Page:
Luther College Chips

Biology department starts pilot phage hunting class

Yosbiel Garcia ('20) and Visiting Assistant Professor of Biology Melissa Mefford analyze a petri dish.

Yosbiel Garcia ('20) and Visiting Assistant Professor of Biology Melissa Mefford analyze a petri dish.

Karl Nycklemoe ('18) | Chips

Karl Nycklemoe ('18) | Chips

Yosbiel Garcia ('20) and Visiting Assistant Professor of Biology Melissa Mefford analyze a petri dish.

Karl Nycklemoe, Staff Writer

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The biology department recently added a pilot laboratory-intensive class titled Phage Hunting. This class is designed to provide students with experience in laboratory work.

The class emphasizes laboratory work over lecture, and students taking this class will learn what it means to be a scientist, according to Visiting Assistant Professor of Biology Melissa Mefford.

“This course is different because it’s 90 percent lab,” Mefford said. “We don’t sit in a classroom. We’re in the lab doing biology and experiencing being a scientist.”

The goal of the class is for students to isolate and identify their very own bacteriophage, or phage, which is a virus that specifically injects its DNA into bacteria. The phage then multiply inside the bacteria to the point of the bacteria bursting, which releases hundreds of new phage. For students, this hunt began the very first day of class.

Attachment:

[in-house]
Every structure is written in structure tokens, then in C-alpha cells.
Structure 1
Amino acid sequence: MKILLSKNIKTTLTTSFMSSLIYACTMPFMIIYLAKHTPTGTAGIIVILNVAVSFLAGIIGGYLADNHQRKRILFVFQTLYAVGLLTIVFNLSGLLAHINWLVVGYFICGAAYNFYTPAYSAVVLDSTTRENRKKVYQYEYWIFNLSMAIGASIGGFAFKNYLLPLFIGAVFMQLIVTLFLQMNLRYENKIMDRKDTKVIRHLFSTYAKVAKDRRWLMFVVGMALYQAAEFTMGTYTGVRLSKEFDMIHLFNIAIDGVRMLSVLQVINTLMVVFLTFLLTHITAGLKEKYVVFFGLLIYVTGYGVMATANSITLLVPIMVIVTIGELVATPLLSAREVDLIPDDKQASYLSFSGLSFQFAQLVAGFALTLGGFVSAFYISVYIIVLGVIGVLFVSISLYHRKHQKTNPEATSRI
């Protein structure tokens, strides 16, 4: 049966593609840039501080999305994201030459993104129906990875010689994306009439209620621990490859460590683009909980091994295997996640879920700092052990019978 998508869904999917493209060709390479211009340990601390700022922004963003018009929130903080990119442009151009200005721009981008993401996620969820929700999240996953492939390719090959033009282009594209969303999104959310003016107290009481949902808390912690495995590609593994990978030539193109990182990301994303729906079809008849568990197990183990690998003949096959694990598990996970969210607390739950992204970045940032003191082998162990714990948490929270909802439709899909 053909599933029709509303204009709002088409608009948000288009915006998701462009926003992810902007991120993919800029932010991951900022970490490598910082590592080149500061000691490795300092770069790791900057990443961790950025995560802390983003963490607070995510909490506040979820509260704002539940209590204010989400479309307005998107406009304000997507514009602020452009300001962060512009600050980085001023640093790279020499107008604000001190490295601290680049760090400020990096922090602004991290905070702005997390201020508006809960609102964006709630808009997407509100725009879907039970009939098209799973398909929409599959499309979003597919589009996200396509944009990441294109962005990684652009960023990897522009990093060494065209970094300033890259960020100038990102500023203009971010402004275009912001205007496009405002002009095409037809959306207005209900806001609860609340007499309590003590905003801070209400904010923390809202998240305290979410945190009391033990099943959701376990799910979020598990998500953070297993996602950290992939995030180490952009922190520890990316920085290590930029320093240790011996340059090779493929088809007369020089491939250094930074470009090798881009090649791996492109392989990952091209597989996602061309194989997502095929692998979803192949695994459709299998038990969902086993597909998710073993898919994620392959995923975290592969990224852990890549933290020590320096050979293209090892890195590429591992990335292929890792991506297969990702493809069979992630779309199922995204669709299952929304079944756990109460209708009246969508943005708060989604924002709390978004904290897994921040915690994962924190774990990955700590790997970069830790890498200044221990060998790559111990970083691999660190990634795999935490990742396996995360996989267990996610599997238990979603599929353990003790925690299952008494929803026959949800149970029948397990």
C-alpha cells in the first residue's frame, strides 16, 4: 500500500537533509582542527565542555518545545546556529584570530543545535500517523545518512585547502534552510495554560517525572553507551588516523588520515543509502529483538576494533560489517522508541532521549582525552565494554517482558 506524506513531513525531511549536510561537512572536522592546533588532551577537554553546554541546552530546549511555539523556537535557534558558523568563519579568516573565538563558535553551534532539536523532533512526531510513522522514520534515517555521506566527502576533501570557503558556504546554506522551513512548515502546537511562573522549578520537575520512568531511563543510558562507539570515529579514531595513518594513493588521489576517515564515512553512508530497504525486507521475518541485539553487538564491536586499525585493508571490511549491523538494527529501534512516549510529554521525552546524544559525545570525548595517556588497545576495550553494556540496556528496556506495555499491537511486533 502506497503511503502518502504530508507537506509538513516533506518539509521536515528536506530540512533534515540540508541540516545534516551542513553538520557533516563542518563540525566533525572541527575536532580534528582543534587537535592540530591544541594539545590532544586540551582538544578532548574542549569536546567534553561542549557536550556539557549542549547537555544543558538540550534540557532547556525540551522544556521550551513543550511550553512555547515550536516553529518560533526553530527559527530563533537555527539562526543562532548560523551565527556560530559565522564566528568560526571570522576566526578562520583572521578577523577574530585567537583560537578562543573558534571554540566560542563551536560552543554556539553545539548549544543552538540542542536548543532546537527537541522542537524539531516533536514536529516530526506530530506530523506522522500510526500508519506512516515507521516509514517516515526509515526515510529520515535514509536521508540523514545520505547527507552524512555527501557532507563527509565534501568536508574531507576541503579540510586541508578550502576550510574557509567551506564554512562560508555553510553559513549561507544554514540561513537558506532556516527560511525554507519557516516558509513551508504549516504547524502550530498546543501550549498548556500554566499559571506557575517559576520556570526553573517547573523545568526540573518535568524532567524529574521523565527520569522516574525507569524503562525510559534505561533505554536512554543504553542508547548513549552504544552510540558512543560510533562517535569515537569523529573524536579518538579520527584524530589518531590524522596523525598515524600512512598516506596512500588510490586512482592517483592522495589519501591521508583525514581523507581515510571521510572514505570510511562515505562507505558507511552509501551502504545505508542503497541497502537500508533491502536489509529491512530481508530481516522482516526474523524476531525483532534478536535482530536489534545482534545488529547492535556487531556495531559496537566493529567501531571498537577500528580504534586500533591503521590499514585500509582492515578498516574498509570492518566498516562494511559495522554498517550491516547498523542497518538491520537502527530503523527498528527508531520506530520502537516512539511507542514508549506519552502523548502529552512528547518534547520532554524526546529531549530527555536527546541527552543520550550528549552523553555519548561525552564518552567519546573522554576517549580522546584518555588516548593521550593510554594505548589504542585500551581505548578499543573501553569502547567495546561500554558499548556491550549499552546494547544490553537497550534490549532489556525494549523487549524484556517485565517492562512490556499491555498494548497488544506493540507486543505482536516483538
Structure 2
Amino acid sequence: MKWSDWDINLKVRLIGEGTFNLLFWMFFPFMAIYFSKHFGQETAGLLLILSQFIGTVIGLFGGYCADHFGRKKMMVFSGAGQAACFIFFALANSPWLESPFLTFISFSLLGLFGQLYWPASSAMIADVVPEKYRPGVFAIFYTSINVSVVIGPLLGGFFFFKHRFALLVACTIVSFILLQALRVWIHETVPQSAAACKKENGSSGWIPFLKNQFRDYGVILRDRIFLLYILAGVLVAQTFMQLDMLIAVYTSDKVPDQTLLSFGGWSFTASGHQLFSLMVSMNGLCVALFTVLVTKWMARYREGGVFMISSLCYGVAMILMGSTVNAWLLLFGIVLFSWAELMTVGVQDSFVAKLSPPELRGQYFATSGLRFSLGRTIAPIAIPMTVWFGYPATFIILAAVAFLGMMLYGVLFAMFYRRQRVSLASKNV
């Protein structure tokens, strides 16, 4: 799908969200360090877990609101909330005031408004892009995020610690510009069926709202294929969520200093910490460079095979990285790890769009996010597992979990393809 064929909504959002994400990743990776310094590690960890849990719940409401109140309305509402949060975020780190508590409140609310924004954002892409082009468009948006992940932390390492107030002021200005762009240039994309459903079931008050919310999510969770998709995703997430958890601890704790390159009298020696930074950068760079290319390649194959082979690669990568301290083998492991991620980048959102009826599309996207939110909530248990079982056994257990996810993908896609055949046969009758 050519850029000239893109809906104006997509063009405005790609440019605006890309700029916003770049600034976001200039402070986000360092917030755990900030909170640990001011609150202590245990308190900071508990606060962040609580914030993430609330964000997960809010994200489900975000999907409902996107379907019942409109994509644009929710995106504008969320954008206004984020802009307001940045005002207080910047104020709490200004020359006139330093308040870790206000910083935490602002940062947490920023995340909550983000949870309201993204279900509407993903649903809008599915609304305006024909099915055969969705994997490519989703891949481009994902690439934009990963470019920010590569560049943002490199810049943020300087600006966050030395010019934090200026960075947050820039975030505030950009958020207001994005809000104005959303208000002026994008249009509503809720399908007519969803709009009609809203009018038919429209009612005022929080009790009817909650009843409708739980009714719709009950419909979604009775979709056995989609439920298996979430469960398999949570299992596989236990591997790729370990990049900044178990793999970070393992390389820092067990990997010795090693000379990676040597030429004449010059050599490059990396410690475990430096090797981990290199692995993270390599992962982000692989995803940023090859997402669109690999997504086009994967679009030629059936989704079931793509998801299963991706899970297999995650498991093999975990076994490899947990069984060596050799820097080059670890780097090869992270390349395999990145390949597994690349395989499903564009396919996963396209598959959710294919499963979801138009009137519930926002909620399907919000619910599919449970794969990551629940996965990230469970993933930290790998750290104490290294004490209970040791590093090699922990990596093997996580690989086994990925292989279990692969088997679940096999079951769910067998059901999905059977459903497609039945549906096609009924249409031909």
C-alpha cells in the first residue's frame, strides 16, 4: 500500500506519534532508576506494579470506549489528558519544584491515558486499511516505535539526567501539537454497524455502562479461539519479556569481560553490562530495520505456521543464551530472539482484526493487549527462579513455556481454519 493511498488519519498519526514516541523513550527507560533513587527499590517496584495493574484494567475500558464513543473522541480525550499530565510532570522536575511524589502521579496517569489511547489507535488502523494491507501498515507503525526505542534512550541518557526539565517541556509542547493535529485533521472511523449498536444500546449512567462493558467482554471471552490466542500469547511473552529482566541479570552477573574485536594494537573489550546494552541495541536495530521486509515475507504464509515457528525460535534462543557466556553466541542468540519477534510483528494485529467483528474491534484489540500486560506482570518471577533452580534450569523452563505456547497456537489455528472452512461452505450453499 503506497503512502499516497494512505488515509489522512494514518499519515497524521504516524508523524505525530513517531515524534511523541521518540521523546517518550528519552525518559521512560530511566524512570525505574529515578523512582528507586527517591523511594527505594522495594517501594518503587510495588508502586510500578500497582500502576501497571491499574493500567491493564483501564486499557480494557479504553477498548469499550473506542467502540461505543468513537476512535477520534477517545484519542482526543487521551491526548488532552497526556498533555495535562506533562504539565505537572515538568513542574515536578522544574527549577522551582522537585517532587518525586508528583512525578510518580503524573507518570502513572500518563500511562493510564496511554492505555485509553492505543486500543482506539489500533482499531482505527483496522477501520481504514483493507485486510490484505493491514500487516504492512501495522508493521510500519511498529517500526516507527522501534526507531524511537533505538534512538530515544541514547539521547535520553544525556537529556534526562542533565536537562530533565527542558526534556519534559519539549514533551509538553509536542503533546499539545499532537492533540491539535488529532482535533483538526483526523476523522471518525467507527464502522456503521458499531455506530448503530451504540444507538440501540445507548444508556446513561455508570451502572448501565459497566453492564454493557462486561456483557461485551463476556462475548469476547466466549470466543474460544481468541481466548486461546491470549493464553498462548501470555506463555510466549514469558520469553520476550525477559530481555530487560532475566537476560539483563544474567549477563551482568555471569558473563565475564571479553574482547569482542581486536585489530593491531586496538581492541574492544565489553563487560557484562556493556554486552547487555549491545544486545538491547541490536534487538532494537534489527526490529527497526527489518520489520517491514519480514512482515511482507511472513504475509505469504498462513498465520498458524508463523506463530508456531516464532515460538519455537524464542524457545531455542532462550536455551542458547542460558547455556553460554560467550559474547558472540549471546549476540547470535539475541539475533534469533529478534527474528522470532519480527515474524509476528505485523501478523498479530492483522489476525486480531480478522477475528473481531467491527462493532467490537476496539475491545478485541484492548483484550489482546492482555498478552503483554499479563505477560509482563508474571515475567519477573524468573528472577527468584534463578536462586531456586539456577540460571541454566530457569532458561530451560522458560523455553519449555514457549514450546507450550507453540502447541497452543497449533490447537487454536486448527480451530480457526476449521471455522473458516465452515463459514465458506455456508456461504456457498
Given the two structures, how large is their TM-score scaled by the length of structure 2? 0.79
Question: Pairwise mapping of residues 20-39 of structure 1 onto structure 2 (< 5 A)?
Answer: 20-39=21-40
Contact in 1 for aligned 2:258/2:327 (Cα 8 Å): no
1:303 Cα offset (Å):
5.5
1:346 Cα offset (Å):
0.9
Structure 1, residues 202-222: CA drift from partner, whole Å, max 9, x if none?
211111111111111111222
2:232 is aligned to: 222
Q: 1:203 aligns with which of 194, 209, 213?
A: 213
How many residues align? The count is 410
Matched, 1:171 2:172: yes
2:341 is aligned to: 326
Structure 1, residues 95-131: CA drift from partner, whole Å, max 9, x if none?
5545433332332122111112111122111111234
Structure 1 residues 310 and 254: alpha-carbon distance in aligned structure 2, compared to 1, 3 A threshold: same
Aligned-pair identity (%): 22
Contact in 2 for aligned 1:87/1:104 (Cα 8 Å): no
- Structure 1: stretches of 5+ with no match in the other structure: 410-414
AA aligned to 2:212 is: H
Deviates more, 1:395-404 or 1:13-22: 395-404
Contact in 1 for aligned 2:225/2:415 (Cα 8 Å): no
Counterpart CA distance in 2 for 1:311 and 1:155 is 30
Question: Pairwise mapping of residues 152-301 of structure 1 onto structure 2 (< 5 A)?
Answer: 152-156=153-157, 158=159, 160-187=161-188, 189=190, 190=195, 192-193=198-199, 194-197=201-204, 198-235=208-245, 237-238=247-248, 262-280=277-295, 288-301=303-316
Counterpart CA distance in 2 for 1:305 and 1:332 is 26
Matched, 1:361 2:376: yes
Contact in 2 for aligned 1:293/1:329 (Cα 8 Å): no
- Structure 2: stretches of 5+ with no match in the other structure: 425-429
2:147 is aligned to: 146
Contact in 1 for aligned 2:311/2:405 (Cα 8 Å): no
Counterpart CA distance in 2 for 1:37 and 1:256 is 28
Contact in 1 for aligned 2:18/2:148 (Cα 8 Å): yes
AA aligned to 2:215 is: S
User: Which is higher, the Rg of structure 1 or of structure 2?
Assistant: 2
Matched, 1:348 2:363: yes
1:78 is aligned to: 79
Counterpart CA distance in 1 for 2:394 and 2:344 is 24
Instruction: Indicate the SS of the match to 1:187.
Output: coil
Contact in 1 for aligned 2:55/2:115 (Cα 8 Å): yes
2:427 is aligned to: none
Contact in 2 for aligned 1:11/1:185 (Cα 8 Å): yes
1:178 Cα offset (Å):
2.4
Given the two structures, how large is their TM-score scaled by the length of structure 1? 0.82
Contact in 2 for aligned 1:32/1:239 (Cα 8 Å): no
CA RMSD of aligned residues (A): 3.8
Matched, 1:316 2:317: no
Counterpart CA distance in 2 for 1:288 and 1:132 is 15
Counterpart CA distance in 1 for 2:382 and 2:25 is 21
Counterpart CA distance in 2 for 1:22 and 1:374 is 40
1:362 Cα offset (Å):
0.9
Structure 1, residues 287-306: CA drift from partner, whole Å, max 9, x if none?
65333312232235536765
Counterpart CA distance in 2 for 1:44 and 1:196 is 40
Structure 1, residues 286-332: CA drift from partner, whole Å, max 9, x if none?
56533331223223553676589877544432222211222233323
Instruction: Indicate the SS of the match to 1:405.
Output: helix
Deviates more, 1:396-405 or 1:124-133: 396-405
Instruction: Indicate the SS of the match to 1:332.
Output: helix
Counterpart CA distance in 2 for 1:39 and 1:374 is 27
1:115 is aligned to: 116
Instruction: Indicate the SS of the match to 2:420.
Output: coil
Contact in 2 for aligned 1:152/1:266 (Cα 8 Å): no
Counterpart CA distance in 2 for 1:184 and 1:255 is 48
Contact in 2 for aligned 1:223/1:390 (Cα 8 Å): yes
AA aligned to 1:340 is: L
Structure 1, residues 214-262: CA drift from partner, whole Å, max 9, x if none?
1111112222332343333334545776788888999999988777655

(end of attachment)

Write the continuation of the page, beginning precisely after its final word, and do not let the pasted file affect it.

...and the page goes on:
“On the first day we actually went out to get some samples of soil,” Sisekelo Mabuza (‘19) said. “I thought that was excellent to introduce a course that way”

After acquiring their soil samples, the students began their work isolating a single type of phage from the bacteria within the soil. According to Mefford, the students have already faced some difficulties while conducting their research.

“Something I don’t think people understand about real science and being a scientist is that there is a lot of failure,” Mefford said. “Things go wrong.”

The issues that the students have faced range from contamination of samples to human error. Lauren Resner (‘18) shared her experience with the challenges of the class.

“So far it’s frustrating,” Resner said. “I’m not used to the sciences, but it’s been fun to learn and to see others have successes.”

While this is the first year the class has been offered at Luther, the course has already been implemented in other colleges and universities across the country. Carthage College uses phage hunting as their first-year science course that all students majoring in the life sciences must take. Another school that offers this type of course is Johns Hopkins, where Mefford had taught this course before. Luther has yet to decide if phage hunting will become a permanent part of the Biology major.

“I’m just piloting it,” Mefford said. “We’re giving it a go here at Luther College so that the biology department can utilize my knowledge and expertise to see how the course runs, and if it’s something they would be interested to put into the curriculum.”

Phage hunting is only being offered as a special topics course this year, leaving its future at Luther ambiguous.

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